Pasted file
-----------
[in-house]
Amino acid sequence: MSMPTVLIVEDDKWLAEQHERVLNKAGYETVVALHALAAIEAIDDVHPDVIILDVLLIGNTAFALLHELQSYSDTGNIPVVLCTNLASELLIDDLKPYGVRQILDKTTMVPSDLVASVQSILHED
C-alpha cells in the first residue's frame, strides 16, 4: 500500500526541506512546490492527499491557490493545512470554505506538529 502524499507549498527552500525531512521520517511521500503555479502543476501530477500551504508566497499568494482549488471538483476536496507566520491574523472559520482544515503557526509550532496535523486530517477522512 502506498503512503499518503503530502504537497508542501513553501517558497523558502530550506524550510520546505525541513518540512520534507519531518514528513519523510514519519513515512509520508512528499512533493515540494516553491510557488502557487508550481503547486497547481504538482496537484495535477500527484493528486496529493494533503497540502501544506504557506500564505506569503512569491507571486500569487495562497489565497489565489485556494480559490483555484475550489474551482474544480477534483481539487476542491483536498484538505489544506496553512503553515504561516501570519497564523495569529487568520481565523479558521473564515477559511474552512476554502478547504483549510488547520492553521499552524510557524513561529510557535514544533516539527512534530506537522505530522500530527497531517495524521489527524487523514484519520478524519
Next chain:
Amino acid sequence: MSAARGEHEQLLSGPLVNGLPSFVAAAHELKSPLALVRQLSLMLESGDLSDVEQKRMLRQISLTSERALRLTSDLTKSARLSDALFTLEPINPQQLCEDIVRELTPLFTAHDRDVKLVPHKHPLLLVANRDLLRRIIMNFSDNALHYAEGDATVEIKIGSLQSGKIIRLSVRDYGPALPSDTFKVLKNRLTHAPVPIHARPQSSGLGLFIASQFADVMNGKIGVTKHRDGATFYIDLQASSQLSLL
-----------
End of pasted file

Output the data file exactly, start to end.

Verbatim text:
[in-house]
Amino acid sequence: MSMPTVLIVEDDKWLAEQHERVLNKAGYETVVALHALAAIEAIDDVHPDVIILDVLLIGNTAFALLHELQSYSDTGNIPVVLCTNLASELLIDDLKPYGVRQILDKTTMVPSDLVASVQSILHED
C-alpha cells in the first residue's frame, strides 16, 4: 500500500526541506512546490492527499491557490493545512470554505506538529 502524499507549498527552500525531512521520517511521500503555479502543476501530477500551504508566497499568494482549488471538483476536496507566520491574523472559520482544515503557526509550532496535523486530517477522512 502506498503512503499518503503530502504537497508542501513553501517558497523558502530550506524550510520546505525541513518540512520534507519531518514528513519523510514519519513515512509520508512528499512533493515540494516553491510557488502557487508550481503547486497547481504538482496537484495535477500527484493528486496529493494533503497540502501544506504557506500564505506569503512569491507571486500569487495562497489565497489565489485556494480559490483555484475550489474551482474544480477534483481539487476542491483536498484538505489544506496553512503553515504561516501570519497564523495569529487568520481565523479558521473564515477559511474552512476554502478547504483549510488547520492553521499552524510557524513561529510557535514544533516539527512534530506537522505530522500530527497531517495524521489527524487523514484519520478524519
Next chain:
Amino acid sequence: MSAARGEHEQLLSGPLVNGLPSFVAAAHELKSPLALVRQLSLMLESGDLSDVEQKRMLRQISLTSERALRLTSDLTKSARLSDALFTLEPINPQQLCEDIVRELTPLFTAHDRDVKLVPHKHPLLLVANRDLLRRIIMNFSDNALHYAEGDATVEIKIGSLQSGKIIRLSVRDYGPALPSDTFKVLKNRLTHAPVPIHARPQSSGLGLFIASQFADVMNGKIGVTKHRDGATFYIDLQASSQLSLL